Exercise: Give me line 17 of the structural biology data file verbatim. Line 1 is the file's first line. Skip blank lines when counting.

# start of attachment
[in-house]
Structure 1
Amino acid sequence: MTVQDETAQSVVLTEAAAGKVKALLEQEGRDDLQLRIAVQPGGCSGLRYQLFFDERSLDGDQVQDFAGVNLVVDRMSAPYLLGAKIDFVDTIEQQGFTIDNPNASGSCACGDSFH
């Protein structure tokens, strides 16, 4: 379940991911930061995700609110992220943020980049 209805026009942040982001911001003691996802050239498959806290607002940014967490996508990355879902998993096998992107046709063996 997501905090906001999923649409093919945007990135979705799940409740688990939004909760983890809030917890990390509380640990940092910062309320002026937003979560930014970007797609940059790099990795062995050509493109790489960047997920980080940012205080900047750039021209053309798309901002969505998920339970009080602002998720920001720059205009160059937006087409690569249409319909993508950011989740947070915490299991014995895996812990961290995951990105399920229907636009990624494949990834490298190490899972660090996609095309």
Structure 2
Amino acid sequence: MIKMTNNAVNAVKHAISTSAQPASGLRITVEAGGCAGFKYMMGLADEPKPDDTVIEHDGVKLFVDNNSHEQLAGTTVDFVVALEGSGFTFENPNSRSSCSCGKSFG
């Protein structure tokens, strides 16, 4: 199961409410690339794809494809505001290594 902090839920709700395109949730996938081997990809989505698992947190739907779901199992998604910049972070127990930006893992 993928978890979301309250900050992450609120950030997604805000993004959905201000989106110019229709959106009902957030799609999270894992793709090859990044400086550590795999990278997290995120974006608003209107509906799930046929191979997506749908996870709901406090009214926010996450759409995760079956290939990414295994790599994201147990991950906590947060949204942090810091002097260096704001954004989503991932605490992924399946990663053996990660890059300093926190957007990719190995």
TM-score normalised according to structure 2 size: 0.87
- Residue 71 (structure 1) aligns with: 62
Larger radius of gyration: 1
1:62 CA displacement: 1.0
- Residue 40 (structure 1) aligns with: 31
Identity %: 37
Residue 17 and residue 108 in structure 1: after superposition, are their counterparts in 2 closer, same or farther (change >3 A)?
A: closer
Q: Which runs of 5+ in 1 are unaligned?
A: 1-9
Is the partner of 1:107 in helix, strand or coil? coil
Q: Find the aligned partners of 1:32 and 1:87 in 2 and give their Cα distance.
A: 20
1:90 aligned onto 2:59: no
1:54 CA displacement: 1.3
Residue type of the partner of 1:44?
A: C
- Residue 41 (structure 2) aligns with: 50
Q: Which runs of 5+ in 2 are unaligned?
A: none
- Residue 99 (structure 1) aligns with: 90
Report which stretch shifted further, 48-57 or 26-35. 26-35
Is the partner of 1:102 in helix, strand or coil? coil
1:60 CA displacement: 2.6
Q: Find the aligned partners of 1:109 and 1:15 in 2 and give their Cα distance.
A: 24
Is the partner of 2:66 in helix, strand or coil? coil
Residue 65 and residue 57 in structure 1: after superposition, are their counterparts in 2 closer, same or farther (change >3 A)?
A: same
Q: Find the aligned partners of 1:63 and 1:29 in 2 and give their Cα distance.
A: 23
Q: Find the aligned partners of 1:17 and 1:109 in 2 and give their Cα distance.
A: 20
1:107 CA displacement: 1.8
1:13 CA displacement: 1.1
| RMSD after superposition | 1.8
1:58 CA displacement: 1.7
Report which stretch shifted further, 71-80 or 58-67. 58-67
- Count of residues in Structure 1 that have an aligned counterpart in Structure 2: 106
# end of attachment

A: 1-9